Seattle mayor signs new contract with police union

On Tuesday, Seattle Mayor Bruce Harrell signed a new contract with police officers into law following its passage by the City Council. 

The agreement aims to address Seattle’s police staffing crisis, expand civilian public safety responses, and strengthen police accountability.

Seattle’s rank-and-file police officers have been working without a wage increase since January 1, 2021. 

SPD currently offers new recruits nearly $20,000 per year less than places like Redmond.

Pay is a key contributor to SPD’s staffing crisis, the city said. 

This new agreement makes SPD wages competitive with other departments in Washington and other major US cities. It increases wages 1.3% retroactive to 2021, 6.4% retroactive to 2022, and 15.3% retroactive to 2023.

The new contract also allows for civilian review of automated traffic safety camera violations and expands civilian assistance to detective units with administrative tasks, case file preparation, and crime analysis.

"The new police officer contract is a needed step forward to advance our vision for a city where everyone, in every neighborhood, is safe and feels secure," said Mayor Harrell. "I want to thank our officers for the work they do every day to keep us safe, and I want to thank our City Council partners for supporting this agreement that will make meaningful improvements to officer pay and staffing, to accountability so misconduct is investigated, and to new efficiencies through diversified response options. Seattle is a world-class city, and the updated wages and terms in this agreement reflect a commitment to building, recruiting, and retaining the world-class police service our community deserves."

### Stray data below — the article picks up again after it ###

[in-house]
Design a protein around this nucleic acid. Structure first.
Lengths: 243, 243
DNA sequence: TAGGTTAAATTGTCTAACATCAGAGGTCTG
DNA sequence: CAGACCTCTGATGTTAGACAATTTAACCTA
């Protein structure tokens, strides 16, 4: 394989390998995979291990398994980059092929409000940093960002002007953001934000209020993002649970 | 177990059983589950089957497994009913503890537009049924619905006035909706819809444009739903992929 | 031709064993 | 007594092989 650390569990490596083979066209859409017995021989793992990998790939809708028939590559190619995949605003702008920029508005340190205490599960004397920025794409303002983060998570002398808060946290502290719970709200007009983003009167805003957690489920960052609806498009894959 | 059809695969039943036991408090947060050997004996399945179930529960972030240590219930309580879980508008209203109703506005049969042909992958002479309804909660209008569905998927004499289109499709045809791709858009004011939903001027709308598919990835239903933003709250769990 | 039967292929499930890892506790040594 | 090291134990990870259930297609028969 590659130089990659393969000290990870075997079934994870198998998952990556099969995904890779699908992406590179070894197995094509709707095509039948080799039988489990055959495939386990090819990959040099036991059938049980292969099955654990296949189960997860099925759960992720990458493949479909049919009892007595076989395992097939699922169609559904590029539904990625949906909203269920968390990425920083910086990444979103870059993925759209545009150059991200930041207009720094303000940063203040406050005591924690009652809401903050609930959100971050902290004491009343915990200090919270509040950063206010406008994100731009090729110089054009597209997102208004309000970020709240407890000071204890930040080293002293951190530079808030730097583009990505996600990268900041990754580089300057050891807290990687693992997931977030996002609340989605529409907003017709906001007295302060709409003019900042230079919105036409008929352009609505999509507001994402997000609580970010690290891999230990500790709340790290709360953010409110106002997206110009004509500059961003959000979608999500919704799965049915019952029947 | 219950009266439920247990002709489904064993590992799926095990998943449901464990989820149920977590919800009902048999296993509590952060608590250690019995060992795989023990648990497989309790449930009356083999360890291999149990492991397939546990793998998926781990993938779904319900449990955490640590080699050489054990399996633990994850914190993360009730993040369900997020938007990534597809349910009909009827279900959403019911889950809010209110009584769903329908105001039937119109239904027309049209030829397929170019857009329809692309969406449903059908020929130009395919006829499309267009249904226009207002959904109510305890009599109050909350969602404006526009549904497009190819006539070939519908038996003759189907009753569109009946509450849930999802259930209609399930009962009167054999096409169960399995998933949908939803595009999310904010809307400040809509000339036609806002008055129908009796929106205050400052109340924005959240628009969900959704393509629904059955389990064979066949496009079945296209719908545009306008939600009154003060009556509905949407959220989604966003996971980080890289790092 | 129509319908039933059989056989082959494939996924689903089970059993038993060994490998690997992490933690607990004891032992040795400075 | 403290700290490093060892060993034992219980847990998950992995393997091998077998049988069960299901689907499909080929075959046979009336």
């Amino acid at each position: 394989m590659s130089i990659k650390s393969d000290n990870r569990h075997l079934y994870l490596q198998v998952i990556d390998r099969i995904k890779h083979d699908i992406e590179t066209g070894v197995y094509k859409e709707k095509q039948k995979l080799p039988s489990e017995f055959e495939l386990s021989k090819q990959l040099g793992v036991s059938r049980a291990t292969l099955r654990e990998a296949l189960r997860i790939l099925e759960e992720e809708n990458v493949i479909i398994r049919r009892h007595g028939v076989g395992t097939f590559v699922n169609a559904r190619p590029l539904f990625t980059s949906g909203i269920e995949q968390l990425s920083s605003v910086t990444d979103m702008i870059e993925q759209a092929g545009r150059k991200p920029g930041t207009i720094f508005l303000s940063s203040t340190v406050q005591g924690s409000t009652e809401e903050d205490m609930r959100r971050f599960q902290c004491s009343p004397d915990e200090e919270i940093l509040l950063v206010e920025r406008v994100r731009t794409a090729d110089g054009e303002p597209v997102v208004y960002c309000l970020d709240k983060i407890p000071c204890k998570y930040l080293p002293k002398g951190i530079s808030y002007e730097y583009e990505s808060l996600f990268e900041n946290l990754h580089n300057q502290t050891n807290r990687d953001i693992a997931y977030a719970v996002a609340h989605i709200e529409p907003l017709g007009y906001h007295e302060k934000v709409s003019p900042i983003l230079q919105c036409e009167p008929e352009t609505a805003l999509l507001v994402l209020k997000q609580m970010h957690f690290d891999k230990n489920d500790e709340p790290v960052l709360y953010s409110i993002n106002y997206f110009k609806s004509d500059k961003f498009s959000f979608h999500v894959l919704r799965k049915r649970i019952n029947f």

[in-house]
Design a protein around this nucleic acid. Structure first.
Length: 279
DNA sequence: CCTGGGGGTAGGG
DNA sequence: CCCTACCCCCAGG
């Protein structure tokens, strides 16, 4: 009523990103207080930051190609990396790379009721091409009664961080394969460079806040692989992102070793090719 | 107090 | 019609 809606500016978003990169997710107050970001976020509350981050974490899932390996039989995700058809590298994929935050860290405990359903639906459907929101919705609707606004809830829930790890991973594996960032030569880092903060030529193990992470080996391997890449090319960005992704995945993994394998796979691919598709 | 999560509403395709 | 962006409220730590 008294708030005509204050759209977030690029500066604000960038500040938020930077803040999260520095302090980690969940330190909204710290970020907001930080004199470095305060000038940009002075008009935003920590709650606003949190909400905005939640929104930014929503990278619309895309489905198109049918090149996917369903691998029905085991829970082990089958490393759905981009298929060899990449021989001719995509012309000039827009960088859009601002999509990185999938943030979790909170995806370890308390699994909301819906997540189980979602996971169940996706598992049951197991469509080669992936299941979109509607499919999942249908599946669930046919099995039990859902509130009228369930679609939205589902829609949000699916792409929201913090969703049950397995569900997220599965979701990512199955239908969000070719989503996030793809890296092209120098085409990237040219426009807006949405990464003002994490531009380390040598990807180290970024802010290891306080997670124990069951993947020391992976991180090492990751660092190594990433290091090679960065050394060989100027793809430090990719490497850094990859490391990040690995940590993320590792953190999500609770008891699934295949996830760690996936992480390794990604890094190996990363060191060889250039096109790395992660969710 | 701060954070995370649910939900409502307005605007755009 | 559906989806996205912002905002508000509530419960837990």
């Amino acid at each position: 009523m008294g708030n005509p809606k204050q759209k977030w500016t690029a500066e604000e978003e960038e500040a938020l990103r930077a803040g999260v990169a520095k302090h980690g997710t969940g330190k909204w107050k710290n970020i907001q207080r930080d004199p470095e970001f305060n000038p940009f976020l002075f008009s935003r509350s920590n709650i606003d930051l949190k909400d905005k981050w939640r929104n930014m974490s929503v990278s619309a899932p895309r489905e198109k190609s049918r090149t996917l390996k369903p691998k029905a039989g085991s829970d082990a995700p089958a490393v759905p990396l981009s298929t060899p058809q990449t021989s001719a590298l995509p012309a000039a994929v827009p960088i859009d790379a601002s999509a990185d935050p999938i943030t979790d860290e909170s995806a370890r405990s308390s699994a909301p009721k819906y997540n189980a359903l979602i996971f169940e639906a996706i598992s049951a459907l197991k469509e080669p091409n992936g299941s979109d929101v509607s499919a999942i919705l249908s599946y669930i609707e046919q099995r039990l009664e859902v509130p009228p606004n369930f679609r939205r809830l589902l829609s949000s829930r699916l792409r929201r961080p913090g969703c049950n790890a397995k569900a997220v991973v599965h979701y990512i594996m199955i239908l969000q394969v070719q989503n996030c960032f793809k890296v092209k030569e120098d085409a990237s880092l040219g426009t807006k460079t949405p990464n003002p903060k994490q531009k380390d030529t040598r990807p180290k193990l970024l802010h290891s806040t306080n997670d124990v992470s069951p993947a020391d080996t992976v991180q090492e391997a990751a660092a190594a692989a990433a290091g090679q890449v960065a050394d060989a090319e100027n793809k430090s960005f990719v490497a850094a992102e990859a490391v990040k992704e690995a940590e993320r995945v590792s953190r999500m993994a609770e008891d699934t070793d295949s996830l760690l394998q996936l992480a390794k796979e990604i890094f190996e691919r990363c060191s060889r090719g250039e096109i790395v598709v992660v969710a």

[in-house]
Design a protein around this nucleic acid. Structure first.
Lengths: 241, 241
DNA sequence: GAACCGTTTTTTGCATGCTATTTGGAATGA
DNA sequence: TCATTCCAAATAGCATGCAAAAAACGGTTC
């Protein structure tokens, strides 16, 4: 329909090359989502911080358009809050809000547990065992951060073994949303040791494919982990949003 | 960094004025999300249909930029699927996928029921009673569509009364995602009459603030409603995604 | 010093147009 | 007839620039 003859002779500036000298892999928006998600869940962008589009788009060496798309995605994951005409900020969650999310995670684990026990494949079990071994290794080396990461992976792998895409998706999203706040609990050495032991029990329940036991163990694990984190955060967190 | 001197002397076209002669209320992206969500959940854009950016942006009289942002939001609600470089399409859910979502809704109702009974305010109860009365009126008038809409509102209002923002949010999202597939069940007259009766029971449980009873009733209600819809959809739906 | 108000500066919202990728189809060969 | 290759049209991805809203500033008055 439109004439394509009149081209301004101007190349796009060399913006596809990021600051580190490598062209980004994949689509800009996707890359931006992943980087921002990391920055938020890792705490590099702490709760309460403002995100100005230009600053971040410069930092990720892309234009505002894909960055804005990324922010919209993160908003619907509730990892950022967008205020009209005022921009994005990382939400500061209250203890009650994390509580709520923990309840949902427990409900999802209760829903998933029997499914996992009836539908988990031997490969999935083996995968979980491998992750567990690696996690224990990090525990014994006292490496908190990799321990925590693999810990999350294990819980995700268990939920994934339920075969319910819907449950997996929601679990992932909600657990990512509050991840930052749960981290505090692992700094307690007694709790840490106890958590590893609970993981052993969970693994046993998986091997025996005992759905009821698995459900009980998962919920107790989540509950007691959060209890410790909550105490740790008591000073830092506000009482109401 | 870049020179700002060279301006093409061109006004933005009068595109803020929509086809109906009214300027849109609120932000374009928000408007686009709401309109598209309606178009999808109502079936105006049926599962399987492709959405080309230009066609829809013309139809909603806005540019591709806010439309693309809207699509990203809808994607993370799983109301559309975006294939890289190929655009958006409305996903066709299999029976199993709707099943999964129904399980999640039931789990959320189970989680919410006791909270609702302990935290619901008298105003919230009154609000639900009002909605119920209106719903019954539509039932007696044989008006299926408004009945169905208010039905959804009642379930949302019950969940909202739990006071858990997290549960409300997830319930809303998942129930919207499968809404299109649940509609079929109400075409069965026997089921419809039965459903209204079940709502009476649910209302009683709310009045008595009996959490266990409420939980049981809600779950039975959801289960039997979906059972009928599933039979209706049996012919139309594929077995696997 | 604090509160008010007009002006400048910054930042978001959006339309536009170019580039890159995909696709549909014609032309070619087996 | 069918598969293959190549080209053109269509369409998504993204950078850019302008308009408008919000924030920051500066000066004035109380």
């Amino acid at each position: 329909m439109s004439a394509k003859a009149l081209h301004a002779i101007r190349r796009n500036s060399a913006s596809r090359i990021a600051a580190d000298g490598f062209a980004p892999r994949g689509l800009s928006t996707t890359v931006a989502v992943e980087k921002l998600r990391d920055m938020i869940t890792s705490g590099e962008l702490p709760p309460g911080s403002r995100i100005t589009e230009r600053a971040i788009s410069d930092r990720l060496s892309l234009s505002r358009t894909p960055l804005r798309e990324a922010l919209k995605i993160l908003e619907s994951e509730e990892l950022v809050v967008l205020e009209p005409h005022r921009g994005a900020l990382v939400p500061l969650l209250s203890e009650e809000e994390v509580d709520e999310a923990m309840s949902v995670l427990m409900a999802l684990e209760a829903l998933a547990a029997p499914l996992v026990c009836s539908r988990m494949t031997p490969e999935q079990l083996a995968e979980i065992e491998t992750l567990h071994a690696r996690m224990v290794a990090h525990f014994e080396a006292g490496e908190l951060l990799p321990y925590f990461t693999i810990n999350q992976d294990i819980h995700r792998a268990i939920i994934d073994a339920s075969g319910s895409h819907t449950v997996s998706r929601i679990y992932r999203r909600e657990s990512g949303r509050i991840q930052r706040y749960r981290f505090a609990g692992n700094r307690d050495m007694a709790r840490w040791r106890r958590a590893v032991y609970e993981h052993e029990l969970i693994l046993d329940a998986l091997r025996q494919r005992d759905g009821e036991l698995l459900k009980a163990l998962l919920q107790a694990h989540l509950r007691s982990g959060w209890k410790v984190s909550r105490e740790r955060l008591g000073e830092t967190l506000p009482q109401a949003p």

"Today the Seattle City Council voted 8-1 to ratify our contract. This vote illustrates the positive sea change in the governance of our great city. SPOG admires Mayor Harrell’s and President Nelson’s leadership and commitment to public safety. We look forward to continuing contract negotiations with the city and building back our agency," Seattle Police Officers Guild President Mike Solan said on X.

According to the city, this agreement covers 2021-2023. Negotiations for 2024, including work to strengthen police accountability, civilian alternatives, and other items proposed by the City based on input from community partners and the federal judge overseeing the City’s Consent Decree with the Department of Justice, are still ongoing. Those negotiations are taking place with the assistance of a mediator appointed by the Public Employment Relations Commission.